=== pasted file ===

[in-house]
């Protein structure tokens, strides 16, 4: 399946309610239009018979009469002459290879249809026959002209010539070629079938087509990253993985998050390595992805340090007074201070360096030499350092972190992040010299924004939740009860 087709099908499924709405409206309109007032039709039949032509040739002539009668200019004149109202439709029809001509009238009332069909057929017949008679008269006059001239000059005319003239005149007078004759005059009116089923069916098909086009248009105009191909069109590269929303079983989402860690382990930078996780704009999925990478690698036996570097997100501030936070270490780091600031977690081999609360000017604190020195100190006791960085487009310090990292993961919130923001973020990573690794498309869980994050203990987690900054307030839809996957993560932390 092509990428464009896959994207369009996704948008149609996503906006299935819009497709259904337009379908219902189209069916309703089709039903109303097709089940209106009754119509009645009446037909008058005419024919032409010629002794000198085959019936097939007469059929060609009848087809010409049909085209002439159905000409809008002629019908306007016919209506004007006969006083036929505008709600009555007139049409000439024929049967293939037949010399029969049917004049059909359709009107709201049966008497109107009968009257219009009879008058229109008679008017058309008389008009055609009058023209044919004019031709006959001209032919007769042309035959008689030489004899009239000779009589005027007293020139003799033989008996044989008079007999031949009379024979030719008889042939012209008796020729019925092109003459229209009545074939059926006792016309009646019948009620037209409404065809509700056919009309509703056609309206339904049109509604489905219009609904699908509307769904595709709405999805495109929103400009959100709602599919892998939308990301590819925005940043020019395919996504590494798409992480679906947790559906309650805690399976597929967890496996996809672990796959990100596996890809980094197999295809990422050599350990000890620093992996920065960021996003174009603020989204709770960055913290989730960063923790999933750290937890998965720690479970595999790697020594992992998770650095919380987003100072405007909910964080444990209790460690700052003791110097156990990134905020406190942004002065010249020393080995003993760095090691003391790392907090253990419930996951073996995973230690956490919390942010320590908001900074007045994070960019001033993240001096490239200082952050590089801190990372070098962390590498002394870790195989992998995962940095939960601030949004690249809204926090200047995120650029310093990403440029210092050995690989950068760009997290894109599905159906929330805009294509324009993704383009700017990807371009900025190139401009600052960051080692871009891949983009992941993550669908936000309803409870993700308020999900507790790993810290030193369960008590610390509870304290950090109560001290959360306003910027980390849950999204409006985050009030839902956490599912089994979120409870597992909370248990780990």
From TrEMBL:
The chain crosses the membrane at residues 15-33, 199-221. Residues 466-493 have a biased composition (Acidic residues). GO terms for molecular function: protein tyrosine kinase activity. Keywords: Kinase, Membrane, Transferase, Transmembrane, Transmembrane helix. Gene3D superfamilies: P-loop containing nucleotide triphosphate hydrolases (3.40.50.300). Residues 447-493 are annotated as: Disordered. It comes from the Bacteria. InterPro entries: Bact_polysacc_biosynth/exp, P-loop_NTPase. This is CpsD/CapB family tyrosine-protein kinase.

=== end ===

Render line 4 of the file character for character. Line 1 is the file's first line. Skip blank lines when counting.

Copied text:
The chain crosses the membrane at residues 15-33, 199-221. Residues 466-493 have a biased composition (Acidic residues). GO terms for molecular function: protein tyrosine kinase activity. Keywords: Kinase, Membrane, Transferase, Transmembrane, Transmembrane helix. Gene3D superfamilies: P-loop containing nucleotide triphosphate hydrolases (3.40.50.300). Residues 447-493 are annotated as: Disordered. It comes from the Bacteria. InterPro entries: Bact_polysacc_biosynth/exp, P-loop_NTPase. This is CpsD/CapB family tyrosine-protein kinase.